Great advice Agness, I’ve met many an expat who even after 10 years in country, can’t speak the local language. Never have understood that.
That sounds very challenging if you ask me. I haven’t been to China yet but when I was at university a Chinese girl lived with me and my roommates for one year, she tried to teach us some words but it wasn’t easy to memorize them at all. Well done to you Agness! 🙂
Heather Hall says
It is super challenging! I lived in Shanghai for two years and was never able to practice speaking the language much. The locals spoke Shanghainese and weren’t super interested in listening to my garbled attempts at Mandarin. In fact, I was usually answered in English!
Hitch-Hikers' Handbook says
Great post Agness! We are planning to learn some Chinese for our next trip (Russia, Mongolia, China, Central Asia & Iran by thumb). When you hitchhike it really helps if you know a bit of the local language, so if possible we always try to prepare ourselves language wise. Have you heard or tried the Michel Thomas Method? It is an audio course based on repeating words after a native teacher and building sentences out of all the words you have learnt. I’d been really sceptical at first but we used it when we moved to Barcelona and we also did it before our Caucasus trip to pick up some Russian and I was amazed how well it works! Here is the link if you are interested:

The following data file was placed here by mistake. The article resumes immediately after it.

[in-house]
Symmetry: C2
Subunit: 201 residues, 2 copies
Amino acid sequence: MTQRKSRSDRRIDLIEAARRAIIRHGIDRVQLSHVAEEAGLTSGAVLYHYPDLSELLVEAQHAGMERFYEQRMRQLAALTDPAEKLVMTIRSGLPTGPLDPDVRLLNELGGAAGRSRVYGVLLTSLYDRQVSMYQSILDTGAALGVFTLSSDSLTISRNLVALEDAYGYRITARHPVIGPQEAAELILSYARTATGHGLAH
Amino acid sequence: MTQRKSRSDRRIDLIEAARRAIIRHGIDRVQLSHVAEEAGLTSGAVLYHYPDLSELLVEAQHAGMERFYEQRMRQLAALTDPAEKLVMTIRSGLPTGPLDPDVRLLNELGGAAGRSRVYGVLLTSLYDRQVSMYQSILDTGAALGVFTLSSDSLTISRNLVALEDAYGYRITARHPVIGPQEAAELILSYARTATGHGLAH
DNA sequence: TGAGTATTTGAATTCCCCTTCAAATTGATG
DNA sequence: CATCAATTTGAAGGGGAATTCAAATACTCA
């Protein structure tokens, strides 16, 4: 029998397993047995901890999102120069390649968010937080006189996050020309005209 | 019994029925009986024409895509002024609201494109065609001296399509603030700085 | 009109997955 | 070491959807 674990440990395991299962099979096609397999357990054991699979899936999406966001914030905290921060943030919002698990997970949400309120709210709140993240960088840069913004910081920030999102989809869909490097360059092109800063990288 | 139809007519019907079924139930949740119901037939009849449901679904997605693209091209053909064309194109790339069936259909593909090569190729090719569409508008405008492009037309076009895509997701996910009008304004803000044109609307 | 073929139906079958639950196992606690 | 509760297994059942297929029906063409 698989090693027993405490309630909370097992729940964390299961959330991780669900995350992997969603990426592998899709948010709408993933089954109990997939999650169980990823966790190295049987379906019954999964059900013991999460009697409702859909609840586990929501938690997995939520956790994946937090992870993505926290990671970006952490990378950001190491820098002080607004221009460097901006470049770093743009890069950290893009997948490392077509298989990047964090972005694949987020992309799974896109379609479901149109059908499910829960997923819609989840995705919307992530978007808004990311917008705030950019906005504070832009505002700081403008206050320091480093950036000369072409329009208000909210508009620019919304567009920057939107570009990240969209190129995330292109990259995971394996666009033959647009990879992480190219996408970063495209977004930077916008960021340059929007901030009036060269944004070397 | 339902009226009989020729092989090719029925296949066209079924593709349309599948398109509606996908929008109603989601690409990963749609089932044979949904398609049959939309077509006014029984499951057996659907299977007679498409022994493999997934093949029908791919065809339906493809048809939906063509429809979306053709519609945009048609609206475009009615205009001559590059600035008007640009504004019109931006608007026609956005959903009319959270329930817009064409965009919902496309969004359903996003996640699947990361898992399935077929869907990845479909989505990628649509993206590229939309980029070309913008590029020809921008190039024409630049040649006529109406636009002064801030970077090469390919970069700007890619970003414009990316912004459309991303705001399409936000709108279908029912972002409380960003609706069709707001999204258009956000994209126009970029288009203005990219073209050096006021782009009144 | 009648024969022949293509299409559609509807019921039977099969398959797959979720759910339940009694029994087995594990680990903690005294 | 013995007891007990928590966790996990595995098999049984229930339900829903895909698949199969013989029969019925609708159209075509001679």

Have a nice day, guys!
Heather Hall says
That sounds like an exciting adventure! I’ve used the Michel Thomas cds for travel to Spain, France and Greece and was pleased with the results. I find that locals are usually appreciative when you make an attempt at using their language. China is a bit different as there are something like 200 languages spoken across the country. While traveling through Yunnan Province, it was interesting to meet Chinese people who didn’t speak Mandarin as their first language. It’s actually a very diverse place! Happy travels!
I had no idea the sentence construction was so simple – makes me want to learn!
Heather Hall says
Chinese grammar is wonderfully simple. I loved that I could speak like an elementary school child and not sound like a fool 🙂